As Japan gears up to host Asia’s first Rugby World Cup, it might give a nod of thanks to Hong Kong for helping make it all possible.
The Hong Kong Sevens has grown from an end-of-season bash to a globally acclaimed festival of rugby, inspiring the World Cup Sevens and World Sevens Series — and tens of thousands of fans, who don outrageous fancy dress and party until they drop.
The territory holds the accolade of being the only two-time host of the Sevens World Cup (1997 and 2005), reward for Hong Kong’s pivotal role in developing the game across the world’s most populous continent.
The growth of sevens resulted in rugby’s return to the Olympics in 2016 after a 92-year absence.
None of that was in the wildest dreams of a group of club enthusiasts when they devised the event, said former Hong Kong Rugby Football Union president Brian Stevenson, who has been involved from the start and was treasurer for the inaugural staging in 1976.
“There had never been a thought about a kind of international sevens. I thought it was a very innovative idea,” Stevenson said.
He described how a capacity 3,000 crowd packed the Hong Kong Football Club to see New Zealand’s Cantabrians win against sides from Indonesia, South Korea, Australia, Tonga, Japan, Sri Lanka, Malaysia and Fiji.
“Nobody would have expected it to take off as it has. We’ve been most fortunate,” the Scot said. “I always felt it was the nature of Hong Kong and its location. This is probably the most international city in Asia.”
“You think of the timing, 1976. Hong Kong was developing as a financial center. Cathay Pacific was beginning to expand its wings, so there’s a lot of things together that really made it,” he added.
The seed for the Hong Kong Sevens was sown when A.D.C. “Tokkie” Smith, then chairman of the Hong Kong union, attended the Scottish Rugby Union centenary sevens at Murrayfield in 1973.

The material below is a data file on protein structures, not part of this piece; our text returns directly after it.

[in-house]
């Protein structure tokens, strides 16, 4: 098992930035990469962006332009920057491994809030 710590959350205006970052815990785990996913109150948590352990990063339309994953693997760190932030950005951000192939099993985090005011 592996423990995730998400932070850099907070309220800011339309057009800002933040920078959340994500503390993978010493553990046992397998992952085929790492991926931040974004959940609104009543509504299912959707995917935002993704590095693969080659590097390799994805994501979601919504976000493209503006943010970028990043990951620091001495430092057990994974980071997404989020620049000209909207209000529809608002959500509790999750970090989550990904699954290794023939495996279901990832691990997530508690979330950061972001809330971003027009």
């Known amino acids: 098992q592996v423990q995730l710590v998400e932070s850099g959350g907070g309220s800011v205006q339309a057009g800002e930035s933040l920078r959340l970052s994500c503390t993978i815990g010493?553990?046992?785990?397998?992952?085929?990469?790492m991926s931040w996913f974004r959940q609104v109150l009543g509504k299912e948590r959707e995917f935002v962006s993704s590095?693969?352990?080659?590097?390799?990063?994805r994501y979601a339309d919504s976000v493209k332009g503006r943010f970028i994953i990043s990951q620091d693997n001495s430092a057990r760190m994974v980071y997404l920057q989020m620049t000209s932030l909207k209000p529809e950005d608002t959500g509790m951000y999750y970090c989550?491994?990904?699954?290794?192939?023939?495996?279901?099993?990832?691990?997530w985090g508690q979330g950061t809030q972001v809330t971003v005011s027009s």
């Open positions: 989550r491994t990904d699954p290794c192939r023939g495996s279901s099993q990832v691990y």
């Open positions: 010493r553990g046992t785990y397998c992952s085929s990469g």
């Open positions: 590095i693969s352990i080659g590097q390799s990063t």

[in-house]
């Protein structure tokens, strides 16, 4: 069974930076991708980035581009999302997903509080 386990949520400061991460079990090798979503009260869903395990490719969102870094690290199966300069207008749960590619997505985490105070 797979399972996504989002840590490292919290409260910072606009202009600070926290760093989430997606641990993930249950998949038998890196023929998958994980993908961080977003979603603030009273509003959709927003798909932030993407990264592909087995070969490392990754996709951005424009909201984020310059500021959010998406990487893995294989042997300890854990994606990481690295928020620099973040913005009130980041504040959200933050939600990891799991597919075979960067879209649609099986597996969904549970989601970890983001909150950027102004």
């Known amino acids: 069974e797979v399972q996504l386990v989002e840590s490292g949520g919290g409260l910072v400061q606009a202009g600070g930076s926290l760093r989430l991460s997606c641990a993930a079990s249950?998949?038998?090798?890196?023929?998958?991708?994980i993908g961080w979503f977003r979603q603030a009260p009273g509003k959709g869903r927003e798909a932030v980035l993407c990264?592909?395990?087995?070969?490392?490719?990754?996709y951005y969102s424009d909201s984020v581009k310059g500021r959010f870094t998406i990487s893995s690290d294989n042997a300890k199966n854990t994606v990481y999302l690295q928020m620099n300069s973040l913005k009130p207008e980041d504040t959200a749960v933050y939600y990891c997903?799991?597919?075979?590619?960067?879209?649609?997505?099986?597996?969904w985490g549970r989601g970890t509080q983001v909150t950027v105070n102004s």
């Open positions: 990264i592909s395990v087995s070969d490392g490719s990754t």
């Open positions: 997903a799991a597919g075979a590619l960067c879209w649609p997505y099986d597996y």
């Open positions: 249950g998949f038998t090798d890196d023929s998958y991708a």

By 1975 he had plans for an international 15-a-side tournament, but they were met with resistance from the governing body of the then-strictly amateur sport.
“They were not helpful at all,” Stevenson said. “So the way around it was an invitational sevens. I don’t think any of us expected it to take off.”
The success attracted the world’s best players and eventually national teams, or at least some of them.
“The most supportive people were definitely the southern hemisphere,” Stevenson said. “They came to the party quite soon. The [Pacific] islands — Tonga, Samoa, Fiji — were basically here from the word go.”
“But the countries up north, well, that was a different experience,” he said. “I remember visiting the Scots, and them saying: ‘Aye Brian, but that’s not the game, the game is fifteens.’”
“‘OK Sir,’ I’d say, and I’d go back to little Hong Kong,” he added.
Stevenson believes that the willingness of southern hemisphere players to embrace sevens gave them an edge when the game went professional in the 1990s.
Eventually, the north came to the party.
“We had sides from United Kingdom, like the Barbarians, the Penguins, the Scottish Borderers,” Stevenson said. “The key was they came with the best players like [Scotland’s] Hastings brothers. They were hugely supportive and they told their unions, ‘Come on, support these guys and go international.’”
Hong Kong now enjoys a three-day 40,000 sellout of color, costume and top-class sevens in April every year with plans to expand to a new, bigger stadium in 2023.
“It started as a bit of a jolly,” Stevenson said. “But if you go back to the genesis of the whole thing, part of it was to develop rugby in Asia.”
“You always had a New Zealand against Sri Lanka and a 50-0 wipeout or something, but when you spoke to the Sri Lankans, they were over the moon,” he added. “They had played against Jonah Lomu. They had that experience. That was what it was all about.”
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